From Shrek to the horse's...

2002-05-17 16:30

France - Forget Mr Ed, think Spirit - fresh from its worldwide triumph with the riotous Shrek, Hollywood's DreamWorks studio is taking the film festival route again to launch in Cannes another animated saga - Spirit - about a horse "whose spirit will not be broken".

But there will be no equine chatter from Spirit along the lines of Eddie Murphy's quick-fire stream of consciousness as the donkey in Shrek.

When you want to know what the galloping hero is thinking, you will have to rely on voiceover musings from Matt Damon and the soaring songs of Canadian rocker Bryan Adams.

Adams is to launch the movie in style on Saturday at the world's most famous film festival. The gravelly-voiced rocker steps up live on stage to sing along with the soundtrack.

So don't expect Spirit to tell you all about his life in the Old West where he chases a soaring eagle, gets captured by the US army, flees with an Indian named Little Creek and falls in love with a pretty Pinto called Rain.

"I have two words and four letters for you that tell you everything you need to know about why we decided not to have the horse talk - Mr Ed," said DreamWorks' Jeffrey Katzenberg, producer of Spirit: Stallion of the Cimarron.

"It doesn't matter where you come from in the world, what language you speak. We all know Mr Ed [the cult Sixties situation comedy in the United States about a talking horse] and the problem is that as soon as the horse starts talking, it is a comedy."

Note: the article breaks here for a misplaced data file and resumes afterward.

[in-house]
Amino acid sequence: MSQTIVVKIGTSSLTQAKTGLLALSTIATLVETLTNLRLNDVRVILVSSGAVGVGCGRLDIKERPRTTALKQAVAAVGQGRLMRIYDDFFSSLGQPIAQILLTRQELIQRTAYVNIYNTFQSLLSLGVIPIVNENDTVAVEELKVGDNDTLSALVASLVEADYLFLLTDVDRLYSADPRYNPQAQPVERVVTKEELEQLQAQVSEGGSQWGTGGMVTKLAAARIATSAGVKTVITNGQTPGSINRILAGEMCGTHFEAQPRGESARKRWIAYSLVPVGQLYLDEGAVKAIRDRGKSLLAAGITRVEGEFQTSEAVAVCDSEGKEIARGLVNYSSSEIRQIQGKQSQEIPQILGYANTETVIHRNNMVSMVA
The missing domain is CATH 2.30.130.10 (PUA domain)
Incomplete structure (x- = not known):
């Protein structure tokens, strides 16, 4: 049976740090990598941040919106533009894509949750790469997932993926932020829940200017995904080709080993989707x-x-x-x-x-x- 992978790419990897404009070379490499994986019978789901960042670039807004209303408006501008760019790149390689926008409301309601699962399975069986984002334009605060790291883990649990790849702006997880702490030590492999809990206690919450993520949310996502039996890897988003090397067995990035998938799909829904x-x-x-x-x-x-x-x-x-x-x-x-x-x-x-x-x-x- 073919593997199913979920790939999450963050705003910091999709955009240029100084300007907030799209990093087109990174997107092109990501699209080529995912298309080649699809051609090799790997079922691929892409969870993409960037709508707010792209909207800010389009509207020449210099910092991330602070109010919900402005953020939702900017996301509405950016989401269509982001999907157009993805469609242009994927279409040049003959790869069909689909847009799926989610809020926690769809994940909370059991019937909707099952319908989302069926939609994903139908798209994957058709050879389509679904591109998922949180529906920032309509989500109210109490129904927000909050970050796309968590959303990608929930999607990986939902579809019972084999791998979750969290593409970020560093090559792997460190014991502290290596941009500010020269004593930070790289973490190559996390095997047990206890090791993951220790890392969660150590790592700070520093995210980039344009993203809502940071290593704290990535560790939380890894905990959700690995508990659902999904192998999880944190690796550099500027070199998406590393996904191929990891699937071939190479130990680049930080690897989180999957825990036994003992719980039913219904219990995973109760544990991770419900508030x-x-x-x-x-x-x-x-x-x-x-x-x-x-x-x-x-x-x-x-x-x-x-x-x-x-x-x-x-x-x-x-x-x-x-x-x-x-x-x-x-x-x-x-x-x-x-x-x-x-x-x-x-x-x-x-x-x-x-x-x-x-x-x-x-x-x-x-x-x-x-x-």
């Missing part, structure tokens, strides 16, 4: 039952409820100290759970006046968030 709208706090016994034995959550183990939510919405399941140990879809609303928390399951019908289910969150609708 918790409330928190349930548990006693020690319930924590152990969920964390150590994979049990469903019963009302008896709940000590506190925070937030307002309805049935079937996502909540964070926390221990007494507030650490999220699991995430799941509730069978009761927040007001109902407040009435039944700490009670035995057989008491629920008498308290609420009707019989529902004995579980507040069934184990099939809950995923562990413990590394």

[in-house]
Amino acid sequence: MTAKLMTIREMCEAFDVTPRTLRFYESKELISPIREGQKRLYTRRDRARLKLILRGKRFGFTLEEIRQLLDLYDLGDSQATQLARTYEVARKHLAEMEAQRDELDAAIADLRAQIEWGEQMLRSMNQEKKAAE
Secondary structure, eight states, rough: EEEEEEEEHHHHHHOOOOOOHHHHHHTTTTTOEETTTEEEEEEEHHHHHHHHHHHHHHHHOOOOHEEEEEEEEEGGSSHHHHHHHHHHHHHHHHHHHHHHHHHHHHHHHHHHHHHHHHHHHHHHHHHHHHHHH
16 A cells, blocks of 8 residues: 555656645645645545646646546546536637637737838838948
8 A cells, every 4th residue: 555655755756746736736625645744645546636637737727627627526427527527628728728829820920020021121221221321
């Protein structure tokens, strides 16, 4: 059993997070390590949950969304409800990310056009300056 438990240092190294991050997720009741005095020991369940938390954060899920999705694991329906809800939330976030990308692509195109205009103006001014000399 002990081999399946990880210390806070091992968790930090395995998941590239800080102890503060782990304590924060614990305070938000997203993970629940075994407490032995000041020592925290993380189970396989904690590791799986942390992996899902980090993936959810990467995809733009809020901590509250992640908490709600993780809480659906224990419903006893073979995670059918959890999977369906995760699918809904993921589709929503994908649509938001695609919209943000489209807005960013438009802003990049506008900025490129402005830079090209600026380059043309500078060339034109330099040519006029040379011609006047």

Premiere screening

Katzenberg was fiercely proud last year when Shrek became the first animated film in 50 years to be selected for official competition in Cannes, famed as an invaluable platform for art-house movies.

"It was a true badge of honour and distinction for the film and was very valuable for it," Katzenberg told the trade magazine Screen International.

When the Cannes top brass asked what they were up to this year, DreamWorks offered up a premiere screening of Spirit.

"I asked them what they would think about playing the score live to the film but also having the eight songs performed live alongside," Katzenberg said. "That was very exciting for them."

But, as the influential Hollywood daily Variety warned, the film's marketers could face a tough call attracting a sizeable box office for the film beyond the obvious target audience of pre-teen girls.

Reviewing the film, which is set to launch in the United States on May 24, the paper said: "There's nothing thrilling or new about the work here - but accomplished it is."

And no one could accuse the film of failing on the political correctness score.

"The story of the Old West from a horse's point of view sports a noble 'my spirit will never be broken' theme as well as a fashionably pc pro-horse-and-Indian, anti-white settler political bent, backed up by a host of soaring Bryan Adams vocals," it concluded.